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Square numbers between n and 2n -- Check my proof please

  1. Aug 21, 2015 #1
    I noticed that for any integer greater than 4 there exists at least one perfect square in the open interval (n, 2n). I think I have proved the statement, but as I am not a professional, I'd like someone to review my proof.

    By induction we see that it is true for [itex]n=5[/itex] because [itex]5<9<10[/itex].

    Now suppose that it is true for n, and let's prove it for n + 1.
    From the inductive hypothesis we know that there is an x such that [itex]n<x^2<n+1[/itex]. This square should work for n + 1 too. Like in the case of [itex]n=5[/itex] the square 9 works for 6, 7 and 8 too. But not for [itex]n=9[/itex] or greater. Here we need the next square 16.

    So if [itex]x^2\ge n+1[/itex] we must show that [itex](x+1)^2[/itex] is the square we need. In other words we have to verify that
    Notice that for positive n, if [itex]x^2\le n+1[/itex] then [itex]x\le \sqrt{n+1}[/itex]. As [itex]n<x^2[/itex] it follows that
    We have to show that [itex](x+1)^2<2(n+1)[/itex]
    [tex]\left(n+1\right)+2\sqrt{n+1}+1 < 2(n+1)[/tex]
    [tex]n^2-4n-4>0\rightarrow n>2\sqrt 2 + 2\rightarrow n\ge 5[/tex]
    So we proved that for any [itex]n\ge 5[/itex] there is at least one x such that [itex]n< x^2 < 2n[/itex].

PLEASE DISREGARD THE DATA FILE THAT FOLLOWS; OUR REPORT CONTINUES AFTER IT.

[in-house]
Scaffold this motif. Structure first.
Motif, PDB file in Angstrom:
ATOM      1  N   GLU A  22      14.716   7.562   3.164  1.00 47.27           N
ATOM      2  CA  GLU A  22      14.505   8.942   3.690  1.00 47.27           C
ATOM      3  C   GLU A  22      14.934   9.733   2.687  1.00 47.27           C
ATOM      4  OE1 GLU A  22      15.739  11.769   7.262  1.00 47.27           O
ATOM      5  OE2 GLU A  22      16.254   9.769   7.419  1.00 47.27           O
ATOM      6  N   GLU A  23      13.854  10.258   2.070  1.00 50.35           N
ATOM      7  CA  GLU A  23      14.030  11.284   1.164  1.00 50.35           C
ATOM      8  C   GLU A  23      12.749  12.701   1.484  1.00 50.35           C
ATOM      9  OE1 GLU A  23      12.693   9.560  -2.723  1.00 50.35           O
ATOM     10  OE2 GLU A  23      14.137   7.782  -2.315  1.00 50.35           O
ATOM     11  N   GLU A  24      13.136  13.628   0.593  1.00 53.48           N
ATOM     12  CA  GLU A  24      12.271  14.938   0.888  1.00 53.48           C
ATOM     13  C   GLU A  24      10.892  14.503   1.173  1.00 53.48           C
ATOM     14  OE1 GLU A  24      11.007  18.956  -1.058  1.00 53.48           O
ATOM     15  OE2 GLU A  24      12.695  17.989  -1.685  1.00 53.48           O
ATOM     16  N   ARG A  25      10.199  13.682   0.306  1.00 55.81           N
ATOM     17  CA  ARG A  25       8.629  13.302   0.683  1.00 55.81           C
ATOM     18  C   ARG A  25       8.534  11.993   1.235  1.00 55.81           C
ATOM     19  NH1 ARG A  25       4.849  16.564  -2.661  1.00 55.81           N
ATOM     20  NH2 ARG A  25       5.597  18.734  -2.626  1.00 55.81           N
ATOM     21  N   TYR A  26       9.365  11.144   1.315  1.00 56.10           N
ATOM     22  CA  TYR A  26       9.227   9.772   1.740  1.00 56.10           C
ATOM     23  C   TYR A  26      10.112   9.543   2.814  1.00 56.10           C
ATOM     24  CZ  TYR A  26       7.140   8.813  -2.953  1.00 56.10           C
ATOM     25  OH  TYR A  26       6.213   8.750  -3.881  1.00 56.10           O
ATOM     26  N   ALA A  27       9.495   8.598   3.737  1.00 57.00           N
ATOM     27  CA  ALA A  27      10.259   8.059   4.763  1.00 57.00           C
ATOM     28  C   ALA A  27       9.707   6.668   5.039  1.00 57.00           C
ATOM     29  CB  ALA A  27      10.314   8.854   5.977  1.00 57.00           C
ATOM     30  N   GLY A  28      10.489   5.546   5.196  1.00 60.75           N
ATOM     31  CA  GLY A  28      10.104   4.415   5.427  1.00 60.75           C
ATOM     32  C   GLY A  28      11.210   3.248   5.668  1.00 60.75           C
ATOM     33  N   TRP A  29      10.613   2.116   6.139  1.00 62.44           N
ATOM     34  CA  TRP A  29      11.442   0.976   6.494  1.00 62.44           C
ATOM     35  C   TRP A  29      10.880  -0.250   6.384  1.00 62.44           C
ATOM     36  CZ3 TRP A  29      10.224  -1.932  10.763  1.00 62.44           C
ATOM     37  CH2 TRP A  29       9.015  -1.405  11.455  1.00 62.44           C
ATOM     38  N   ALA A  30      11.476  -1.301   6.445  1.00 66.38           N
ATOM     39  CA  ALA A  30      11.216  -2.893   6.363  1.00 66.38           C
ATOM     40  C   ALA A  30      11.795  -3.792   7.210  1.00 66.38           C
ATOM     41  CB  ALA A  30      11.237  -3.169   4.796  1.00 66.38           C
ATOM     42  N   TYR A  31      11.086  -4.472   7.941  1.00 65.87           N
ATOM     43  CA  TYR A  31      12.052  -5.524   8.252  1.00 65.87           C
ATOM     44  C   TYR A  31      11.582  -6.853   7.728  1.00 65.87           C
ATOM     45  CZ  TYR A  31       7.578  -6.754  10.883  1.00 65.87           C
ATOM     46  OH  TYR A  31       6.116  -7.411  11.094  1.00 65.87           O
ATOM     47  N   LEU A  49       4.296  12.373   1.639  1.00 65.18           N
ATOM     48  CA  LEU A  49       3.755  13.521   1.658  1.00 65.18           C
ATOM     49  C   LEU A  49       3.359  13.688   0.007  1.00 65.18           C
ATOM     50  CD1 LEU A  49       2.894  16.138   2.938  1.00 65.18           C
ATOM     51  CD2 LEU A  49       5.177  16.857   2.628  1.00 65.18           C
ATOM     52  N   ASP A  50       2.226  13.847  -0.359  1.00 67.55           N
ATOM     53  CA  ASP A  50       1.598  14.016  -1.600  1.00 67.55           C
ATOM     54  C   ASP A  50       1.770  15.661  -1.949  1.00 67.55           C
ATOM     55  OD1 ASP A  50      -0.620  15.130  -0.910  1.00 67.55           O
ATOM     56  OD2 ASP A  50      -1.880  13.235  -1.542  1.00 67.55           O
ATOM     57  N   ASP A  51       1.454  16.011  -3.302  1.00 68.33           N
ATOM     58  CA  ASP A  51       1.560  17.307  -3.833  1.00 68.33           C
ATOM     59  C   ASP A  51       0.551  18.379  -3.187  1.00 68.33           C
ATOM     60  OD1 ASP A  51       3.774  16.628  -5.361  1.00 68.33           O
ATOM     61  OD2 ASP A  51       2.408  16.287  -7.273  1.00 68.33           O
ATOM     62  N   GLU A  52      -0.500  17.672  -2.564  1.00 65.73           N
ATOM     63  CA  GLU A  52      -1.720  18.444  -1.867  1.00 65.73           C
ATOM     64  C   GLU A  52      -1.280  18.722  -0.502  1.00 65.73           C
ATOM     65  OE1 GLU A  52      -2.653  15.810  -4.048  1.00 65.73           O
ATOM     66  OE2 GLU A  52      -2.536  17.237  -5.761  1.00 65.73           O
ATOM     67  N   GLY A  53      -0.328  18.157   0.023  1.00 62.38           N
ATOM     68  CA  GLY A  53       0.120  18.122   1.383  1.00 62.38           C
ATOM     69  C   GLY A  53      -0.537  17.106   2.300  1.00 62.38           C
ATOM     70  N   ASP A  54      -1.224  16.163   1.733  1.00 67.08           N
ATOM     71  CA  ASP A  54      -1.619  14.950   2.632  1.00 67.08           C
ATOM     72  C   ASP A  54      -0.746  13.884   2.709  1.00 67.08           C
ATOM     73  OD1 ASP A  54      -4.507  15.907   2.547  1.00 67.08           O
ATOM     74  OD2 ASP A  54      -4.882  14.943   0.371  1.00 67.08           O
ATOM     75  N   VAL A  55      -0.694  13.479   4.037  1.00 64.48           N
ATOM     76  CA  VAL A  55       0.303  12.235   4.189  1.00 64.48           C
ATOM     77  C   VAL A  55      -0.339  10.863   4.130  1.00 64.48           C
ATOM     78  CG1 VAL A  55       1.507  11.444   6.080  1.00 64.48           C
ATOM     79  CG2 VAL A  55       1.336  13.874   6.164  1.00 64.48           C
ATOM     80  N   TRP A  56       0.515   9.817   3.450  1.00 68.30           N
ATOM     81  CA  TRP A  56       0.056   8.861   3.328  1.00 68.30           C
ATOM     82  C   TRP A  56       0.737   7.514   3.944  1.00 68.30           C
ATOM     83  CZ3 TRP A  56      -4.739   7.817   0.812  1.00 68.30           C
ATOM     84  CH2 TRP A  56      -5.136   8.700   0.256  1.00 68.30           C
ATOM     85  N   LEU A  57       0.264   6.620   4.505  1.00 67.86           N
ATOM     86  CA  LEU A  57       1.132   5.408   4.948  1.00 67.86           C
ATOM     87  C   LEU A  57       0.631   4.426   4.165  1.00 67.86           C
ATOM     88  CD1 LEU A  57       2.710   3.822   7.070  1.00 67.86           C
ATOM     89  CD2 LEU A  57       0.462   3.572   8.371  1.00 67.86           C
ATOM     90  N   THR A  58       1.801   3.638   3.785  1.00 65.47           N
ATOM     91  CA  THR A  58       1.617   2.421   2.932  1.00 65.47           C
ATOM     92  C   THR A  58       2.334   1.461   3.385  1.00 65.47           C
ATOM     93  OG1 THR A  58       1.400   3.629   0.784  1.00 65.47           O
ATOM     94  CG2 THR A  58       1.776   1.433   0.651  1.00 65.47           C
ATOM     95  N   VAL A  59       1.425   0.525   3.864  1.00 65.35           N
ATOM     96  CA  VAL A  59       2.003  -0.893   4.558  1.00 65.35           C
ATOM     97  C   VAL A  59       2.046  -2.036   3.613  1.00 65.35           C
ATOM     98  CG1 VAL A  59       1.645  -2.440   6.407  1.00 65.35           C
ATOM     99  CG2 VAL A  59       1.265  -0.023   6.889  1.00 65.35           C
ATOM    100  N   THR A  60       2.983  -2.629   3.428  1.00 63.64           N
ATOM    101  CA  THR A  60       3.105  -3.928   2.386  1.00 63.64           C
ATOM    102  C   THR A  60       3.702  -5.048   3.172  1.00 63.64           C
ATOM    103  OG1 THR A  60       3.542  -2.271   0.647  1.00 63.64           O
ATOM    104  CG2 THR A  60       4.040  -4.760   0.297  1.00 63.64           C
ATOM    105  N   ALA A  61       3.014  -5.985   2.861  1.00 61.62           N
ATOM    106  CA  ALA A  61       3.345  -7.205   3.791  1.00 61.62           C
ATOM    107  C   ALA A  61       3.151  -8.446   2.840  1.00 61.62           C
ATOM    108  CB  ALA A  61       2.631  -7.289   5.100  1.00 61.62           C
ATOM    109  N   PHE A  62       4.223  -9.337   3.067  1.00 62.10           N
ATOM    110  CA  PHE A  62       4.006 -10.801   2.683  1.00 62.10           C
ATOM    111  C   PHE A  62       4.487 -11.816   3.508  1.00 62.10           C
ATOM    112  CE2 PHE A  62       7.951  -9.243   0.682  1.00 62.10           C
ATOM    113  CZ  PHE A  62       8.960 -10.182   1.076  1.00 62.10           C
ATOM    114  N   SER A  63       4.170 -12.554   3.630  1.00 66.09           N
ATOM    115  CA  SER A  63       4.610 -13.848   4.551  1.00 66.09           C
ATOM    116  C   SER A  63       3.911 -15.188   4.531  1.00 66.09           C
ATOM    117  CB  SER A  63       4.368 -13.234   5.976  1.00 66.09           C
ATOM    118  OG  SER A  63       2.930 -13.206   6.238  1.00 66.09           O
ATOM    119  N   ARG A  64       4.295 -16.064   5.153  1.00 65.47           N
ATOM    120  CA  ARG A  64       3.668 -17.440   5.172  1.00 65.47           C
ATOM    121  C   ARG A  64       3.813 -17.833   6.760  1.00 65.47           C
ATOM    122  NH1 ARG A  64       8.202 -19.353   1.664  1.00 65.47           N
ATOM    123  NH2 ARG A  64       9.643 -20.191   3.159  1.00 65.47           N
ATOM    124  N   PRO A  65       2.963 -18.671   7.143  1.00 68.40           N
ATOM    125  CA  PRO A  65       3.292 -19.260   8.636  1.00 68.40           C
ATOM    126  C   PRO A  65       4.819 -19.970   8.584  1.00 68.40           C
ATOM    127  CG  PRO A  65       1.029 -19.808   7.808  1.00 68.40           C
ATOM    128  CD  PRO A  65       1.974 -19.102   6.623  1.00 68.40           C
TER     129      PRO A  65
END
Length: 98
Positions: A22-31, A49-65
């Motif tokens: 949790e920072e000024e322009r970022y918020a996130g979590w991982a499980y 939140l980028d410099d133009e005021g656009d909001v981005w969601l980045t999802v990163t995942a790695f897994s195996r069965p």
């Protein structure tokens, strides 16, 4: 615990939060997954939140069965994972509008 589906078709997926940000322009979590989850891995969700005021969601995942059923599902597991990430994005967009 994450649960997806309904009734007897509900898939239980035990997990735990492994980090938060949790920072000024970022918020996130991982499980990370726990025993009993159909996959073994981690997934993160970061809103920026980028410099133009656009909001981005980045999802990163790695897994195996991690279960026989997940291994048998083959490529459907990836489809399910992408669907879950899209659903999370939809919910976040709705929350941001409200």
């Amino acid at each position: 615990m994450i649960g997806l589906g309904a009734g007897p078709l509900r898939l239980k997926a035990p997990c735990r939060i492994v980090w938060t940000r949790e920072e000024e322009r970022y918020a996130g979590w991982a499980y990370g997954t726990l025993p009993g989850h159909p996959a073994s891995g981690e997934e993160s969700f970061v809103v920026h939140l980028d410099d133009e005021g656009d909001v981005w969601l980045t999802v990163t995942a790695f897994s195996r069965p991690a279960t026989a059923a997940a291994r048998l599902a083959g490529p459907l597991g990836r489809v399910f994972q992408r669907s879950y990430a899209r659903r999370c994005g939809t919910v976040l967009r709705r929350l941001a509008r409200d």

2. jcsd
  3. Aug 21, 2015 #2


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    The statement is true, but the proof looks more complicated than necessary - you don't need mathematical induction. All you need is (similar to what you have) is [itex] n\gt 2\sqrt{n} + 1[/itex] for n > 4.
  4. Aug 21, 2015 #3

    Simon Bridge

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    Looks like Your 4th sentence is false to start with.
    ##x^2 \geq n+1## ... consider n=8, interval is 9,10,11,12,13,14,15,16,17 .... there are two squares in the interval.
    7th sentence... try verifying the statement by example... n=5
    Then the expression asserts that 6<100<12 ... which is false.

    At best you need to tidy up your notation.

    By induction, you want to assume: ##\exists x\in\mathbb Z: n <x^2<2n## is true, then prove
    ##\exists x\in\mathbb Z: n+1 <x^2<2n+2## .
  5. Aug 21, 2015 #4
    No, you want to assume: ##\exists x \in\mathbb Z: n <x^2<2n## is true, then prove ##\exists y \in\mathbb Z: n+1 <y^2<2n+2## . Most of the time you can take y=x and this is trivial, but it doesn't always work.
  6. Aug 22, 2015 #5


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    In fact, you can always find ##x## such that:

    ##\sqrt{n} < x \le \sqrt{n}+1##

    This ##x## does the job unless ##6n \ge n^2 + 1##, which only holds for ##n < 6##

    Then you can check ##n = 5## manually.
    Last edited: Aug 22, 2015
  7. Aug 22, 2015 #6


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    My previous note is in error. The key expression should be [itex]\lfloor \sqrt{n} \rfloor +1 \lt \lceil \sqrt{2n} \rceil [/itex].
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